Florida Nature Photography Tips
How to Approach Wild Animals
Once you find them,
you don't want to scare them away
How To Approach Wild Animals
It's rewarding to have close up views
of animals, but it’s easy for even the most responsible wildlife
watchers to inadvertently put themselves, or the animals they seek,
at risk. Keep the following tips in mind as you venture out into Florida’s
natural areas, especially for wildlife photography.
Every animal differs in how close it will allow you to approach
before it pauses in its feeding, nesting or resting activities, or flees
altogether. Such disturbances can be disastrous for animals,
especially the cumulative effect of frequent disruptions, a common occurrence
at beaches, waterways and other busy wildlife viewing sites.
an animal uses up valuable energy reserves that are no longer
available for other uses, such as migrating, tending to young, mating
or escaping predators. A fleeing parent may abandon a nest and risk
exposing eggs or young to temperature extremes or predators.
How to tell if you’re too close? Look for the
obvious: Has the animal stopped feeding? Is it looking at you? Does
it appear aggressive or skittish? Did the animal begin to move away
or fly into the air? Is it dive-bombing you or circling overhead? Do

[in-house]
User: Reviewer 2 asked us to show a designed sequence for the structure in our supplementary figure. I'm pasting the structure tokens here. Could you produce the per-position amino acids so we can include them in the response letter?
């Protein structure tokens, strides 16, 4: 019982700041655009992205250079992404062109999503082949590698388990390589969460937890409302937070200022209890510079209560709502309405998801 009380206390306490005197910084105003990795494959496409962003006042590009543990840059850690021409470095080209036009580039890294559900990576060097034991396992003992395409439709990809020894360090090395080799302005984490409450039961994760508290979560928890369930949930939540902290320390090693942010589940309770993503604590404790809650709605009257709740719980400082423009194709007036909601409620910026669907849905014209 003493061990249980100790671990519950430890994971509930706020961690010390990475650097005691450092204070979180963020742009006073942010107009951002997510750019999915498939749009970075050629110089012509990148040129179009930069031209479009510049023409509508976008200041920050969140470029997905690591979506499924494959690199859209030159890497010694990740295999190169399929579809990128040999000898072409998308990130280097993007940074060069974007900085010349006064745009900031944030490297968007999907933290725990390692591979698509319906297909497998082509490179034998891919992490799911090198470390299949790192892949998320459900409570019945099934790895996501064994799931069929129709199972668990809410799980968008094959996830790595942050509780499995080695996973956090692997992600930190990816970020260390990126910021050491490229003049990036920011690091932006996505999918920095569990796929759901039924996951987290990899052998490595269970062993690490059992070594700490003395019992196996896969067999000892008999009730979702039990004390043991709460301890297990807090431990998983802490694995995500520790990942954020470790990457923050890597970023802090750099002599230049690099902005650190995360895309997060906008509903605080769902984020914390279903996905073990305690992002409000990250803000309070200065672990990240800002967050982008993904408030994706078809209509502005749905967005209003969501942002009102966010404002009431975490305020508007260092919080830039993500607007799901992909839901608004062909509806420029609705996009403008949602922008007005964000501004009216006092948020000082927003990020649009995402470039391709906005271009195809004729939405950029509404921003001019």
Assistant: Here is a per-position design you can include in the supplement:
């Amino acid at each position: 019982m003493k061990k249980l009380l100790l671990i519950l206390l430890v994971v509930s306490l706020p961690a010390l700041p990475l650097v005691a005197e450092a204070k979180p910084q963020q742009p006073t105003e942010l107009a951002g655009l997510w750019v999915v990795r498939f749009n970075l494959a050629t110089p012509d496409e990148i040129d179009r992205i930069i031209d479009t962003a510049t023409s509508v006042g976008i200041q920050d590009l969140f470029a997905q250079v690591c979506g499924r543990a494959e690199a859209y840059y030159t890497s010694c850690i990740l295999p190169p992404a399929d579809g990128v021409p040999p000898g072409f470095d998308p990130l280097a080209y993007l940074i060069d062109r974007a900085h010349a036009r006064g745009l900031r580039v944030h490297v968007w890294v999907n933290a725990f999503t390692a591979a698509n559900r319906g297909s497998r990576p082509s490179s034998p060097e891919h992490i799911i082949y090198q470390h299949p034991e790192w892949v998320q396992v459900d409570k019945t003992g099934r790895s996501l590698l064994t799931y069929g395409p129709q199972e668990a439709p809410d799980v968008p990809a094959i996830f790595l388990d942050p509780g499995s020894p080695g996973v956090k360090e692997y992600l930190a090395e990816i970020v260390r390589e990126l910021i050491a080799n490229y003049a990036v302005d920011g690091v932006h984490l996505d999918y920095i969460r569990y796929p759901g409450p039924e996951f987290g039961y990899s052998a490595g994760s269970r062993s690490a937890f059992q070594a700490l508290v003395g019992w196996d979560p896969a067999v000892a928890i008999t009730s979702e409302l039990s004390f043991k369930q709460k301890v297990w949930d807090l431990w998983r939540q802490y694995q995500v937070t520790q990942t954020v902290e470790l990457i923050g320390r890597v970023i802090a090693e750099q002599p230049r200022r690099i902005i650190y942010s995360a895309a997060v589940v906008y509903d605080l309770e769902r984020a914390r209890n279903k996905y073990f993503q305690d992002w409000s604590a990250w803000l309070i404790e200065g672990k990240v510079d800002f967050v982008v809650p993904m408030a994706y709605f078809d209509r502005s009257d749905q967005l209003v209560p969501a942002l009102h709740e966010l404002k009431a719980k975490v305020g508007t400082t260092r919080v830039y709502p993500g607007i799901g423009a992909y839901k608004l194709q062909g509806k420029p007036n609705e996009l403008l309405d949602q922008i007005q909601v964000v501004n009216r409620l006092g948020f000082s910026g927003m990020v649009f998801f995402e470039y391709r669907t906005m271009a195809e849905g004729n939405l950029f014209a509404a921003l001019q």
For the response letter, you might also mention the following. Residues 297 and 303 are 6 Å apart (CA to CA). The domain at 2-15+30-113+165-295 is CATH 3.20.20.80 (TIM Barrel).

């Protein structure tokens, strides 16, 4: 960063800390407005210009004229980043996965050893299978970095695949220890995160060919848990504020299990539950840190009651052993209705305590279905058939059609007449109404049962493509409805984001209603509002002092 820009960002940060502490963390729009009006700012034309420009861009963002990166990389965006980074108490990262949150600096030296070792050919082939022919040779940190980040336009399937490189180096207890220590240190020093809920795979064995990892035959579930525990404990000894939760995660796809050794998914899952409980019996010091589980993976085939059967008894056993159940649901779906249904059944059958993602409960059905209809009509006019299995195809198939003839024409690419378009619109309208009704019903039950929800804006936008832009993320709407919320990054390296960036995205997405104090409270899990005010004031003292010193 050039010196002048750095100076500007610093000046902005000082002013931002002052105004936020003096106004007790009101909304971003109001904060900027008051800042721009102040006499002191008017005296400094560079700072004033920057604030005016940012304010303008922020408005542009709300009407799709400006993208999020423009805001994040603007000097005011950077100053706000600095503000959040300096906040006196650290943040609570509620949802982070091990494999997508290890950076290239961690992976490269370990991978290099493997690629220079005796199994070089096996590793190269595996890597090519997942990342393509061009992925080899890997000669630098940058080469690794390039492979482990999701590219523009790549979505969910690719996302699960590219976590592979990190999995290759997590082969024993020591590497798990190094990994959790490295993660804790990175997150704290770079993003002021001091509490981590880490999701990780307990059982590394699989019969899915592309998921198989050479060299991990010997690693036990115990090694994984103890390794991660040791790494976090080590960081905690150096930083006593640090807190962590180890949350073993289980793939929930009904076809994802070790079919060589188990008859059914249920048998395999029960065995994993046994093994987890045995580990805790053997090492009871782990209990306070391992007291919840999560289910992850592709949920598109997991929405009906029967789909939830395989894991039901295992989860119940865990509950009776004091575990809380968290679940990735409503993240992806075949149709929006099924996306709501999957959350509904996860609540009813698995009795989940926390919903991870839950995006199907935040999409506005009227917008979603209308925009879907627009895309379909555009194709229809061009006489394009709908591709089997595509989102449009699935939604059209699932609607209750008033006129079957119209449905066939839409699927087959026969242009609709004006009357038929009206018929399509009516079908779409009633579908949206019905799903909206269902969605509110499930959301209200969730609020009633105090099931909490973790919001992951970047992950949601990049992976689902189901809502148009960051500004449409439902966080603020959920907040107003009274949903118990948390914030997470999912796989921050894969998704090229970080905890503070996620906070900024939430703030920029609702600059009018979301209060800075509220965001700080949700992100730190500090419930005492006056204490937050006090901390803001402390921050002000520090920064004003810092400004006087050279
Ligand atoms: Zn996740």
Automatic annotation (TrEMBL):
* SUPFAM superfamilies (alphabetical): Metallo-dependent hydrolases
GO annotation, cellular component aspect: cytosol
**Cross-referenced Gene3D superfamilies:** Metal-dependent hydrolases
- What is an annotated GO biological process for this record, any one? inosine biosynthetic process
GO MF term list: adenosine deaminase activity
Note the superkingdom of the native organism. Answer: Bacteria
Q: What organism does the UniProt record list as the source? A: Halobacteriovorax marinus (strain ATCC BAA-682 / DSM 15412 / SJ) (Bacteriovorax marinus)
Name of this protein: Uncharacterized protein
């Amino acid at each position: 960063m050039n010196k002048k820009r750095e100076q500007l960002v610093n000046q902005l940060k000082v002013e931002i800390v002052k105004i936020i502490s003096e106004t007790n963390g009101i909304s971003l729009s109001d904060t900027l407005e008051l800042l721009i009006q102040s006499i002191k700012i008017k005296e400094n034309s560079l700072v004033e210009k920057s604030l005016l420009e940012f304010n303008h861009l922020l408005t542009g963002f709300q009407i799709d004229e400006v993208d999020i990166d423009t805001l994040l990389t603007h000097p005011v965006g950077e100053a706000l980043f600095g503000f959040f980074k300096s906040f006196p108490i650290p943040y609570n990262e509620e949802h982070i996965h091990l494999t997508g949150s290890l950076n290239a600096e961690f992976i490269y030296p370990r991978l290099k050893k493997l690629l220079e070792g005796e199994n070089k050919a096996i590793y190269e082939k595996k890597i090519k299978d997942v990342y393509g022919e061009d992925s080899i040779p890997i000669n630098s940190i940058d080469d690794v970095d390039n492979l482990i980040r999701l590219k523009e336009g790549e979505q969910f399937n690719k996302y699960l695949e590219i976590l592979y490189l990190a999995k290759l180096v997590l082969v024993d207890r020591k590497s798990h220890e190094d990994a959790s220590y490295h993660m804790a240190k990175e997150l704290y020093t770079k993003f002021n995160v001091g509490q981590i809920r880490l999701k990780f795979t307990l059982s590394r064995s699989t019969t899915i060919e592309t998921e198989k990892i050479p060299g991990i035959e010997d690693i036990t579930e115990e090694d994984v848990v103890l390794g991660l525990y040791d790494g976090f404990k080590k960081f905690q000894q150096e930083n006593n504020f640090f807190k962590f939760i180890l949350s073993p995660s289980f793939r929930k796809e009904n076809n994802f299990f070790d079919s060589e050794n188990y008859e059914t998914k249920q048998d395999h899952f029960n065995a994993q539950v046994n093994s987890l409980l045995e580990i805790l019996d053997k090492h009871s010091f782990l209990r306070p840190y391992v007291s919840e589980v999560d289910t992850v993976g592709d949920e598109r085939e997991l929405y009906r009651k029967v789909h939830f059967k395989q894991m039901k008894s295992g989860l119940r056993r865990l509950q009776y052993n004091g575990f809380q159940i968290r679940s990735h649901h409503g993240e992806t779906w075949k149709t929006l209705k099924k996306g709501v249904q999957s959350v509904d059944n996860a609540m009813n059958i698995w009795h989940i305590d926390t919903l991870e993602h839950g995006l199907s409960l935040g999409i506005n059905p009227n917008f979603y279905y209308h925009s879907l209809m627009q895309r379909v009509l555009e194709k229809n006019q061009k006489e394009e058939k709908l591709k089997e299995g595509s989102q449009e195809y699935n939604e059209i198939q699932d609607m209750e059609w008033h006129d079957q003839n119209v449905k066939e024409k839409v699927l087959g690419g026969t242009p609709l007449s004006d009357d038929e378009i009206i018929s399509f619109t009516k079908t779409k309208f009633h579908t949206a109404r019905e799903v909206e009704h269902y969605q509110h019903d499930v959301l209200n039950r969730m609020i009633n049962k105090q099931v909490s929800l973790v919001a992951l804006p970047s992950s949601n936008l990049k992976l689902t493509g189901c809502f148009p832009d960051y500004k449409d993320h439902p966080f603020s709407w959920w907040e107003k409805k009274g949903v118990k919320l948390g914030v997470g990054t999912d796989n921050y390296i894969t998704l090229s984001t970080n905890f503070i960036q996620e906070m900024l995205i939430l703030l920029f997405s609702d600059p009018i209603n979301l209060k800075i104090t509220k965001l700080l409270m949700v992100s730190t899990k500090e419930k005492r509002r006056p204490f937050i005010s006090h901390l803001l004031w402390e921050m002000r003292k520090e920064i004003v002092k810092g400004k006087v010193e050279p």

you see distraction displays such as a bird exhibiting a “broken
wing?” These behaviors are all progressive signs of disturbance.
If you see any of these signs: Move away immediately.
When possible, use binoculars or zoom lenses to extend your view. If
an adult animal allows you to approach, something’s wrong. It
may be sick, injured or aggressive. If you’re suspicious, contact
the local site manager.
Respect private property boundaries, even if the animal you
are following does not. Obey posted signs near nesting areas and stay
on roads, trails and paths to minimize habitat disturbance.
Don't feed wild animals. Fed animals may abandon their
natural, healthy diet, become dependent on human food and lose their
fear of humans. Such animals can become aggressive or dangerous or may
risk crossing busy roads to venture close to human habitations. Report
people who attract wild dolphins or sharks by feeding them. As of Jan
1, 2002, they’re breaking the law. You can call our Wildlife Alert
toll free number 1-888-404-FWCC
Young animals are rarely abandoned by their parents.
If you find one that looks helpless, there’s a good chance that
the parents are nearby, waiting until you leave before they return.
The longer you stay, the longer the youngster must go without food and
the greater the risk that it will be spotted by a predator.
Keep your pets at home. They may frighten or harm the
wildlife you are seeking and many sites prohibit them altogether. It
is against Florida law for you or your pets to chase, harass or harm
Provided by the Florida Fish and Wildlife Conservation Commission.
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